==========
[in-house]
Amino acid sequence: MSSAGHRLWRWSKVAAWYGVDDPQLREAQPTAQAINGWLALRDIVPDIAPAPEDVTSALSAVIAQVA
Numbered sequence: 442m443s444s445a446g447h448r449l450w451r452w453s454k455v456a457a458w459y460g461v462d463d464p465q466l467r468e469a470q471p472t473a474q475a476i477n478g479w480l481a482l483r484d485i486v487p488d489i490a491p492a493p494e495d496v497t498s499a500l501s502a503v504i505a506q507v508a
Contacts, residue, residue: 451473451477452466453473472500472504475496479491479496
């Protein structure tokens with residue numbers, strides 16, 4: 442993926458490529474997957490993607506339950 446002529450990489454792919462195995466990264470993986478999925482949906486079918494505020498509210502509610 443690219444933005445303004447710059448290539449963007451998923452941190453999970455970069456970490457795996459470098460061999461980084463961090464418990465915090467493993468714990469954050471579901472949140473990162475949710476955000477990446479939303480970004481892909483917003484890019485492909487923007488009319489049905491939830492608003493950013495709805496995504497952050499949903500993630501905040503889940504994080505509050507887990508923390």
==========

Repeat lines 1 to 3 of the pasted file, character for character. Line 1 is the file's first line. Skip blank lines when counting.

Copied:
[in-house]
Amino acid sequence: MSSAGHRLWRWSKVAAWYGVDDPQLREAQPTAQAINGWLALRDIVPDIAPAPEDVTSALSAVIAQVA
Numbered sequence: 442m443s444s445a446g447h448r449l450w451r452w453s454k455v456a457a458w459y460g461v462d463d464p465q466l467r468e469a470q471p472t473a474q475a476i477n478g479w480l481a482l483r484d485i486v487p488d489i490a491p492a493p494e495d496v497t498s499a500l501s502a503v504i505a506q507v508a